Use correct spacing
While a miniature reef does not contain the great diversity of life that an actual reef does, provisions should still be made to try and minimize the aggression among corals. This can be accomplished by providing adequate spacing and reducing tip over potential. When setting up a tank, adequate space, which is invertebrate free, should be given around each coral head.
Hard Corals: For LPS corals, this zone should be at least 15 cm in all directions, as sweeper tentacles have been reported to be at least this long (Sheppard, 1982). The distance between SPS corals does not need to be as great; a distance of 5-8 cm is usually sufficient. However, it should be noted that these are the fastest growing of all corals, so extra space should be allowed for this. For this reason, I suggest that a buffer zone of 30% of the coral colony's size be used when originally placing the corals in order to allow for growth. This may seem extreme and may initially make the tank look sparsely decorated. However, in a well-designed and maintained reef tank, this space will be almost completely filled within the first year simply from growth. If growth space is not provided, there will be a constant need to prune corals lest they burn and kill one another.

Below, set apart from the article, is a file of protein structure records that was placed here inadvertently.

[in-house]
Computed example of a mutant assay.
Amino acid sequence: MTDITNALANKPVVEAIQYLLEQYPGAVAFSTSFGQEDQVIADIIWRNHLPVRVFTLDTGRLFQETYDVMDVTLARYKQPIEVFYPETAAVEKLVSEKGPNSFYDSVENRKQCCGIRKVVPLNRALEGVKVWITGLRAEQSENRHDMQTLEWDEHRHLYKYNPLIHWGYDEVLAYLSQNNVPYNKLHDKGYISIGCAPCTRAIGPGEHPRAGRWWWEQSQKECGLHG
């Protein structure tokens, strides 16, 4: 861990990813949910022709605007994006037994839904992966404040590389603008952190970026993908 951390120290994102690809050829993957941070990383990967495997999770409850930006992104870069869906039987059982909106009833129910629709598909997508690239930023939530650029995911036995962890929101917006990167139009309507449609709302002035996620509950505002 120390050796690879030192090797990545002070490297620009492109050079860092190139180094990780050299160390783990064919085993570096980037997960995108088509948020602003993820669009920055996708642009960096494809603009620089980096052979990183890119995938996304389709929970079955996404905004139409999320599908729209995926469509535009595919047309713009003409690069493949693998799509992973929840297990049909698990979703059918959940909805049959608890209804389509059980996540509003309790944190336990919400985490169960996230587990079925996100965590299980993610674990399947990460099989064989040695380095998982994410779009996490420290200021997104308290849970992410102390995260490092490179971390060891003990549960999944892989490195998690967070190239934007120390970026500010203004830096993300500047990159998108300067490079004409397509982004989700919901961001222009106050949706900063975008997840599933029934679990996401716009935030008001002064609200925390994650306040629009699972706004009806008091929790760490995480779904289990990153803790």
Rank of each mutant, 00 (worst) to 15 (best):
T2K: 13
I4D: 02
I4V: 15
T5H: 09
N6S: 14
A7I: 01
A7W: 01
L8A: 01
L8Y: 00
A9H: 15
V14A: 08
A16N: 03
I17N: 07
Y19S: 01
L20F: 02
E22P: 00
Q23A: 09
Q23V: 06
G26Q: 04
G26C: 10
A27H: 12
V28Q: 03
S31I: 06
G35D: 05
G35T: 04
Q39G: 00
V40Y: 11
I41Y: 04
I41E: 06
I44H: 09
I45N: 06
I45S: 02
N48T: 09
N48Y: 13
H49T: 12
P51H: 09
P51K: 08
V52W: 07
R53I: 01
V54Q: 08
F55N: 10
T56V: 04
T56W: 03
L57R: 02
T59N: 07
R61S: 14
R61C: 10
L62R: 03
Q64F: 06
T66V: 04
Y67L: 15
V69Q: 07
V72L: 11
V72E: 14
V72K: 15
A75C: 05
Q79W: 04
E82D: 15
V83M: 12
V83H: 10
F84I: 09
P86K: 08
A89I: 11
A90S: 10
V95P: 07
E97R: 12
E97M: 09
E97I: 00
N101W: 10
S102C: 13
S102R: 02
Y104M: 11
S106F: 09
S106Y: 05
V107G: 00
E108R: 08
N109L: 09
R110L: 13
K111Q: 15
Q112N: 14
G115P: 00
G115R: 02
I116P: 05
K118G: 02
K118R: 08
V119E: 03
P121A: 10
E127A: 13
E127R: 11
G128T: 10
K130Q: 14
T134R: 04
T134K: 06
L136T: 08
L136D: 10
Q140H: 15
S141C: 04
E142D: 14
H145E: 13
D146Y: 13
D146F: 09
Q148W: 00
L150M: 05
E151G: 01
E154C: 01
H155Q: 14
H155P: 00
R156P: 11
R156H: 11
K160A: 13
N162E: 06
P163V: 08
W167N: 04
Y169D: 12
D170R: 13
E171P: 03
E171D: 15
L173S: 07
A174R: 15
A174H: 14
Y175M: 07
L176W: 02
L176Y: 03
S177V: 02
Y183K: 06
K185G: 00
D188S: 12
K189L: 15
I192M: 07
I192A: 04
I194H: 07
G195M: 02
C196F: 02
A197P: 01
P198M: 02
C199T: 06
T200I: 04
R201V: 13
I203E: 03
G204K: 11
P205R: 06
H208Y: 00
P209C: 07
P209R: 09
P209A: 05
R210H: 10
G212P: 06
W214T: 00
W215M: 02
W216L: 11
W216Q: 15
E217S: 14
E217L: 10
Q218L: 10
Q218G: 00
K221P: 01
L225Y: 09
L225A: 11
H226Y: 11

Soft Corals: For the most part, the space between soft corals does not need to be as great initially, since soft corals do not burn each other to the same degree as the hard corals do. Consideration in placing soft corals needs to take into account:
A faster growing coral will overshadow a slower growing coral and eventually starve it out for light.